Fair enough. Let’s tackle a few other points in the article.
“Literally anything but email”
The NY Times found a 24-year old named Adam Simmons who founded a video production company in LA. Why the NYT felt it important to mention that Adam graduated from the University of Oregon is anyone’s guess, but if it wasn’t for word count, then maybe it was to make Adam sound like a smart guy. I’m sure he is smart, but probably not because he went to the University of Oregon.
Adam communicates primarily, according to the NY Times, with his eight employees and clients (sports teams) using text, Instagram messages, and Zoom calls. Really.
Someone tell Adam to come join us here on Just Use Email. He needs our advice. We want to help him and his University of Oregon friends.
Adam, are you sending contracts to your clients via Instagram? via SMS?
Adam, aren’t you on your phone all… the… time? Don’t want you want some peace and quiet in your life? Trust me, my friend, you aren’t gonna be a rockstar by being on your phone all day.
Email is your friend, Adam, not your enemy. It’s Instagram and instant messaging that are your enemies.
Here’s the problem with Adam and so many Gen-Z graduates of the University of Oregon. They see email as a ‘chore’, but somehow associate their phone apps as quirky, cute, and fun. Because psychologically, that’s what they were at the University of Oregon.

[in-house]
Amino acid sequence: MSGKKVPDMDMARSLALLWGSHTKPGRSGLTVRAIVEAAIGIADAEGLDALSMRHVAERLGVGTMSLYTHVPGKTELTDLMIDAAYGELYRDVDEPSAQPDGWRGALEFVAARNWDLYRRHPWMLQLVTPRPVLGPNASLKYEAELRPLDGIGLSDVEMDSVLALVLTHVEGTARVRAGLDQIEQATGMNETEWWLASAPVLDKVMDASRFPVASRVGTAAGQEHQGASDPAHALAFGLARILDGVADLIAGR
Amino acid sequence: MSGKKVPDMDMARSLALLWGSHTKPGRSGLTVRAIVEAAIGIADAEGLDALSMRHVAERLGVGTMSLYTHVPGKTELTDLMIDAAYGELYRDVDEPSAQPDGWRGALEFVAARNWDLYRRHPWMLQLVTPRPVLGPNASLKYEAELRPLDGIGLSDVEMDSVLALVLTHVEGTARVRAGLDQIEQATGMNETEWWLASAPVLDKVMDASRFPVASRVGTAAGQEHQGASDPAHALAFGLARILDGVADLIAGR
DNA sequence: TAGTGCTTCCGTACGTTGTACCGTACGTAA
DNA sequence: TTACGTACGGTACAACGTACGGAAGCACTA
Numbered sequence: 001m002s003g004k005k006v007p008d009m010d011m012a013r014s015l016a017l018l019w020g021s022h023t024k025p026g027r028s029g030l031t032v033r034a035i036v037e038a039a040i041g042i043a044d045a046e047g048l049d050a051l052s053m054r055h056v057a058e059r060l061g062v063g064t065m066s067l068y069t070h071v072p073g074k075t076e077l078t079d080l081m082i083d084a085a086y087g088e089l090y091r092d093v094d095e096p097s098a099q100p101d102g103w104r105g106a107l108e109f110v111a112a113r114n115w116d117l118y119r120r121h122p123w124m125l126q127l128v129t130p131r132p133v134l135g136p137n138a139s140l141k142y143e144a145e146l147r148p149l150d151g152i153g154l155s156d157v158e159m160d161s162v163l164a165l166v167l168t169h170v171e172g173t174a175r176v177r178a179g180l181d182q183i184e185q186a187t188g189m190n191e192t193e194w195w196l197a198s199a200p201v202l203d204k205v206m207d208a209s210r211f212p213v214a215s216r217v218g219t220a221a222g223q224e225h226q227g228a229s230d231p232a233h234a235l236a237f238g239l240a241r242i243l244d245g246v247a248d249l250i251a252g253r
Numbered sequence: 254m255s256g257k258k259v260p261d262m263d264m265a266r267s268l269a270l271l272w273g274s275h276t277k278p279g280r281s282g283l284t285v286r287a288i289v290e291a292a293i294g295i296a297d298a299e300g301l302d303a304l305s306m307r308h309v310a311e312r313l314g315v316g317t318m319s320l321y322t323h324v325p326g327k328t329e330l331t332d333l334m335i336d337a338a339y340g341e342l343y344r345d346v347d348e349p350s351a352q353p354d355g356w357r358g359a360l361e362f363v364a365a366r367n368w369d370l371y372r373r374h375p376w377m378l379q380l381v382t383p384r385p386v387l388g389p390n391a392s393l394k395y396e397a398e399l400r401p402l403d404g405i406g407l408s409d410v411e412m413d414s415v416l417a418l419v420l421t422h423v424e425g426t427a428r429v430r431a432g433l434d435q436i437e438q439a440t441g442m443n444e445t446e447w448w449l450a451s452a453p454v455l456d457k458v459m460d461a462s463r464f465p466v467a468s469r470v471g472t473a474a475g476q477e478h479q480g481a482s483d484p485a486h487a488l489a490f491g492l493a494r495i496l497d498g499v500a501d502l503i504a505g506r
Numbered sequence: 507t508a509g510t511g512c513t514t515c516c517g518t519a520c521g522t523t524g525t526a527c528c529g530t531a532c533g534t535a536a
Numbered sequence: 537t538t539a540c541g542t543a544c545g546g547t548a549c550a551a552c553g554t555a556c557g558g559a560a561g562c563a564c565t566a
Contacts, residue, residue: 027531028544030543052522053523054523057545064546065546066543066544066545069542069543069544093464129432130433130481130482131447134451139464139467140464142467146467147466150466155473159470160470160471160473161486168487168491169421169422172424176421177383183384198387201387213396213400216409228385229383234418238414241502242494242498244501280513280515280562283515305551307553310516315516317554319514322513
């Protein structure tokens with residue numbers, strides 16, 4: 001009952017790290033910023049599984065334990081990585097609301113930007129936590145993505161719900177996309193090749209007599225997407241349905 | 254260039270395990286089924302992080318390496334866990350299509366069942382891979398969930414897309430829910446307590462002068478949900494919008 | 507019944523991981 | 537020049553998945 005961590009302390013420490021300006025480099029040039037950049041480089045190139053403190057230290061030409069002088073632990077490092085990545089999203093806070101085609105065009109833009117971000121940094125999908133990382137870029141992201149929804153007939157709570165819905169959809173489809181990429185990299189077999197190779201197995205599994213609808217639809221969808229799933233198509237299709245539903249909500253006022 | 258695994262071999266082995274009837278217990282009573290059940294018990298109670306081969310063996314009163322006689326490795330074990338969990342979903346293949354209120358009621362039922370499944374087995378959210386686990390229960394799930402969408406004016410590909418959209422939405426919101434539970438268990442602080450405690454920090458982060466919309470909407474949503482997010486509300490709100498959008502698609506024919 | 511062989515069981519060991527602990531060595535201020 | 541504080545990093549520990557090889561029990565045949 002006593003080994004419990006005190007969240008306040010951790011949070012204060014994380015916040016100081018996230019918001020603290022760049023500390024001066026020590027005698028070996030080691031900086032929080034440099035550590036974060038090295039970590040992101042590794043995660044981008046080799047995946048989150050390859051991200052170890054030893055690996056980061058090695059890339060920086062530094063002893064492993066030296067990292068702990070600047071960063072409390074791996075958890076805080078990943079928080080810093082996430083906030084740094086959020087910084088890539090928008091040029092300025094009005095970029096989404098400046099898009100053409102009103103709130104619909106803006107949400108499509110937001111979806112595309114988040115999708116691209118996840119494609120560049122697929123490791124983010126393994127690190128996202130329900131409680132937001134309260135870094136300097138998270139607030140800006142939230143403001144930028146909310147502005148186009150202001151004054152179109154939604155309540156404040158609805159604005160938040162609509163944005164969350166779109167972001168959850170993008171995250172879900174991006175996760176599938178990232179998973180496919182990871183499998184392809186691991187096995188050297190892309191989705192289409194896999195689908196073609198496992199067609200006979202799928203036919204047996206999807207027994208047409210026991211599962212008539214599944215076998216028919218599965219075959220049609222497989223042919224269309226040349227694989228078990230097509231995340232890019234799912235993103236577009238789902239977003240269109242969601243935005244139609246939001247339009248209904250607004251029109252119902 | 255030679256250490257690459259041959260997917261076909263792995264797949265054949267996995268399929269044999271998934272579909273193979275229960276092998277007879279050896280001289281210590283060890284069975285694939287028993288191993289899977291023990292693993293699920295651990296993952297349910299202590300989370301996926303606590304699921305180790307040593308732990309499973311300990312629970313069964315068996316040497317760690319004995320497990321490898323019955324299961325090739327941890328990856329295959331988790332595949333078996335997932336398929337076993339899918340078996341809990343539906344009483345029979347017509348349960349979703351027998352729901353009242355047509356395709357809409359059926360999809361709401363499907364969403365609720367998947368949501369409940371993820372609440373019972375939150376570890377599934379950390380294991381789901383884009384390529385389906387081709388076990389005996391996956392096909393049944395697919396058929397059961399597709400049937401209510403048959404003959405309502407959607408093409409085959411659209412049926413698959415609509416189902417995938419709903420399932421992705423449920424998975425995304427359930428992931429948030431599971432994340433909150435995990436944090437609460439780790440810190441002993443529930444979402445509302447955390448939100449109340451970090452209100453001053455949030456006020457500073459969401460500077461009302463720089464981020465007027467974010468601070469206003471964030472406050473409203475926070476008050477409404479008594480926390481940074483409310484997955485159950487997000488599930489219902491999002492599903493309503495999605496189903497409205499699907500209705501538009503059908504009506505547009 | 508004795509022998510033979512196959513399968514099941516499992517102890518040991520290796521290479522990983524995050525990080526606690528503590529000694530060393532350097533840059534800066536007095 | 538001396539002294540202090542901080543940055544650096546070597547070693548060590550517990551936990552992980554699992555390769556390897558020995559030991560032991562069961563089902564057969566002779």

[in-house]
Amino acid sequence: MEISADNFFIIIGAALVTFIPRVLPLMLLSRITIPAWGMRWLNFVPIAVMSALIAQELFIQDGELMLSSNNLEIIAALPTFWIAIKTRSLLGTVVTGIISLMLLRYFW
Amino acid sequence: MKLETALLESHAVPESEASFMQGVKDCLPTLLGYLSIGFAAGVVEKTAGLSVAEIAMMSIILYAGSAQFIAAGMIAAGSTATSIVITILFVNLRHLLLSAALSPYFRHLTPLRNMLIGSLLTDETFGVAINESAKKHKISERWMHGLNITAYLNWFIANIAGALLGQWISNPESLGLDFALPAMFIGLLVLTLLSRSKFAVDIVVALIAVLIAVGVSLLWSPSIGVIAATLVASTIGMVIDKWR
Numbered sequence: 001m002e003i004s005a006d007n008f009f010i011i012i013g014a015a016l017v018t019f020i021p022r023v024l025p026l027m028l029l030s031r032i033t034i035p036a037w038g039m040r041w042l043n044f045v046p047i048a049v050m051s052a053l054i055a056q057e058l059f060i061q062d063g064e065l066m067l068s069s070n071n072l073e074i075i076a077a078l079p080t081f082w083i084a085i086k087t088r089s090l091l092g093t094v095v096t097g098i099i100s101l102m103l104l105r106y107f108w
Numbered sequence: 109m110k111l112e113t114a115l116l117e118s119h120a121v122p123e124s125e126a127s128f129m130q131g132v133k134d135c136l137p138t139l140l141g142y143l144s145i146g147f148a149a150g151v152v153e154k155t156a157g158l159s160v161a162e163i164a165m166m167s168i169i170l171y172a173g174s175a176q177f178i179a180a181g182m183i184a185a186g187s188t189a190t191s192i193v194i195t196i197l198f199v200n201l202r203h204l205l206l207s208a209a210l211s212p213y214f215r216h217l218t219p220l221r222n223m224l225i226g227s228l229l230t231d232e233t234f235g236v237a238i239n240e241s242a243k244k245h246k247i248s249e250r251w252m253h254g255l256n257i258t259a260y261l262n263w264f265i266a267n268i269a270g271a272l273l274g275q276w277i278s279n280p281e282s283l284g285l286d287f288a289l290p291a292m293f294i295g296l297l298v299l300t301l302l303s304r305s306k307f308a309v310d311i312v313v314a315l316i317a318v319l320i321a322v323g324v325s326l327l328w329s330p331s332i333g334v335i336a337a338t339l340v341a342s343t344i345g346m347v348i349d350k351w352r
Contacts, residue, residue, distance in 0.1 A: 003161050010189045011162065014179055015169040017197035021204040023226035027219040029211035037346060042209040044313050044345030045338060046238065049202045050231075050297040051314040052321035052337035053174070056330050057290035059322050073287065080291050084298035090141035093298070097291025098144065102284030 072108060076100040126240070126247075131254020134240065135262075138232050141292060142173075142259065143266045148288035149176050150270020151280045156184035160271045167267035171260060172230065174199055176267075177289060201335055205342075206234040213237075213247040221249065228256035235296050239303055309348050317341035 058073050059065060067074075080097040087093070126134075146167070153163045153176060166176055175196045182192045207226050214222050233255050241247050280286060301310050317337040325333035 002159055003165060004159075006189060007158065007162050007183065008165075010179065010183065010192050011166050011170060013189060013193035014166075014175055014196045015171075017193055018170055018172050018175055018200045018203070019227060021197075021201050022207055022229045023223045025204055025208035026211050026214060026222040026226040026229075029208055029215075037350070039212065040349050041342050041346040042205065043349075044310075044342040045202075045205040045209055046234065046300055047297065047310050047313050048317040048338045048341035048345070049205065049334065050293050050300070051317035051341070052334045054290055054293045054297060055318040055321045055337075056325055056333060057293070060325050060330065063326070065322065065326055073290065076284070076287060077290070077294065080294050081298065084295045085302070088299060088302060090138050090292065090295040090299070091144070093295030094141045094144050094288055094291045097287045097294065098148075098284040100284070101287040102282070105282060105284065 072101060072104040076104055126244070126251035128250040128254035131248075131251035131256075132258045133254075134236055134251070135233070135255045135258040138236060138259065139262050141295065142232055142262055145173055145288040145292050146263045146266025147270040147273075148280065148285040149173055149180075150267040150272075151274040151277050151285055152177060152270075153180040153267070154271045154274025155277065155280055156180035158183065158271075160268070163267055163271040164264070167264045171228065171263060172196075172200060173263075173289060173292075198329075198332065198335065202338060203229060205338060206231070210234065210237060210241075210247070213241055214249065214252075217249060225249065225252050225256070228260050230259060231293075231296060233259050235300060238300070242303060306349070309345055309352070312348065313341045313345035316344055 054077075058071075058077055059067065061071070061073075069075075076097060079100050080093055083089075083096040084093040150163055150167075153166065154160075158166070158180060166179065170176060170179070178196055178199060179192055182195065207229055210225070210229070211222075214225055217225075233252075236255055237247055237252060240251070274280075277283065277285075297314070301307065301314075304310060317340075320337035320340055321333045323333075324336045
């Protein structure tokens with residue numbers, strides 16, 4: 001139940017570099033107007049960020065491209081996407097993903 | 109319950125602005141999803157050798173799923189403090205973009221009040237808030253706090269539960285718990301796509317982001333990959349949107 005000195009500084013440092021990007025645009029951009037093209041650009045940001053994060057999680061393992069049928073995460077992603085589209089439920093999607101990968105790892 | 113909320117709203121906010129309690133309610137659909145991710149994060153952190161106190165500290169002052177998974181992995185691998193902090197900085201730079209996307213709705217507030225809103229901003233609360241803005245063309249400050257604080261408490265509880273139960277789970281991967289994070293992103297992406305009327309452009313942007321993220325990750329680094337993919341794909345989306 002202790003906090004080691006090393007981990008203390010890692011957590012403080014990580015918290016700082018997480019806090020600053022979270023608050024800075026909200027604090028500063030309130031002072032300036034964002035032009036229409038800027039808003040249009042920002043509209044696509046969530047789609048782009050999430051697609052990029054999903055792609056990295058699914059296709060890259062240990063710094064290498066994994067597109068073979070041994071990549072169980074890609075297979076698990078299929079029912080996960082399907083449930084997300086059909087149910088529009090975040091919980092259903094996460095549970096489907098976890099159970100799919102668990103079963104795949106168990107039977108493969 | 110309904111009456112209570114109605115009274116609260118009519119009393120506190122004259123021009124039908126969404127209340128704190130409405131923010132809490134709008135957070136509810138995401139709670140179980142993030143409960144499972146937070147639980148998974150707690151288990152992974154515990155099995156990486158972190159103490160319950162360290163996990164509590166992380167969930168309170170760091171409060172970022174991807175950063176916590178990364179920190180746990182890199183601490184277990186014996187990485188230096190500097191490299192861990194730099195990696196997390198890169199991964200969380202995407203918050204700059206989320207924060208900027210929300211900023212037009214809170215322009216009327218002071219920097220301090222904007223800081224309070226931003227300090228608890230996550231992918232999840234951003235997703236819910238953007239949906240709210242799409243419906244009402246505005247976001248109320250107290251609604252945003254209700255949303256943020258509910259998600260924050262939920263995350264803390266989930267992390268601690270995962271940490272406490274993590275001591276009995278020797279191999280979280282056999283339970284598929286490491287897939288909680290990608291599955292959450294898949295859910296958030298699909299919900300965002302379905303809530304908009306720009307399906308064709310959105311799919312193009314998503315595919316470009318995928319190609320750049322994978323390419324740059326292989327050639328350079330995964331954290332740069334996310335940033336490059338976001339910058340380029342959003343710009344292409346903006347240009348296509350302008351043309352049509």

Adam even goes on to say to the NY Times that email has “work stuff” and something about rent and Netflix bills. Don’t ask me about that Netflix bill thing; I thought you just put in a credit card and that was it.
Adam has an interesting line, though. He says “Email is all stressors in one area”. Adam, that is exactly the point. When you are not on email, which should be most of your day and week, then you are not bombarded with those stressors and unsavory Netflix bills.
I mean, I kind of feel bad for Adam. Here he is, trying to run a business, and his phone is probably buzzing every five minutes, and no it’s not the cute girl at the shake shack he met last week, but it’s another rent bill, or “work stuff”. Adam almost wrecks the NY Times quoted study when he talks about Google Drive being “painful to use”. That’s almost a slam on the supposedly beloved Google Docs!